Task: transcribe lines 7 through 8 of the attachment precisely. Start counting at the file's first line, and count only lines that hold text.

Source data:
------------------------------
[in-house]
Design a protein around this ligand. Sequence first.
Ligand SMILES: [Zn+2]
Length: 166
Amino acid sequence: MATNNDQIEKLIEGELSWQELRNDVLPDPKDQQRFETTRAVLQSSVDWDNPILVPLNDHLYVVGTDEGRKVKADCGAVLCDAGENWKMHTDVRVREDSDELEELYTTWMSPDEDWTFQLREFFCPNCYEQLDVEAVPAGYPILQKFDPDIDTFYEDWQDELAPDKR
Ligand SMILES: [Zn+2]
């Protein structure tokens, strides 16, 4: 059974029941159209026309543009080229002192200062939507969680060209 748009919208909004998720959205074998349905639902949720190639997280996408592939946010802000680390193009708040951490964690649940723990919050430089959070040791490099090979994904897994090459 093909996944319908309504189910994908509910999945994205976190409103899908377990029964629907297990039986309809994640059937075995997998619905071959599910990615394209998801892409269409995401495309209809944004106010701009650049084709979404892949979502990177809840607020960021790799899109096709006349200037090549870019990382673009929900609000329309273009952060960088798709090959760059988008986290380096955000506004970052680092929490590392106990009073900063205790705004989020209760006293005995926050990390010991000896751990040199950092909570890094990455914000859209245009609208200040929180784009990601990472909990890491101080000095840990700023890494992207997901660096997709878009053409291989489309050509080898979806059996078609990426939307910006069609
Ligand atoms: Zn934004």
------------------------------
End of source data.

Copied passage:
């Protein structure tokens, strides 16, 4: 059974029941159209026309543009080229002192200062939507969680060209 748009919208909004998720959205074998349905639902949720190639997280996408592939946010802000680390193009708040951490964690649940723990919050430089959070040791490099090979994904897994090459 093909996944319908309504189910994908509910999945994205976190409103899908377990029964629907297990039986309809994640059937075995997998619905071959599910990615394209998801892409269409995401495309209809944004106010701009650049084709979404892949979502990177809840607020960021790799899109096709006349200037090549870019990382673009929900609000329309273009952060960088798709090959760059988008986290380096955000506004970052680092929490590392106990009073900063205790705004989020209760006293005995926050990390010991000896751990040199950092909570890094990455914000859209245009609208200040929180784009990601990472909990890491101080000095840990700023890494992207997901660096997709878009053409291989489309050509080898979806059996078609990426939307910006069609
Ligand atoms: Zn934004």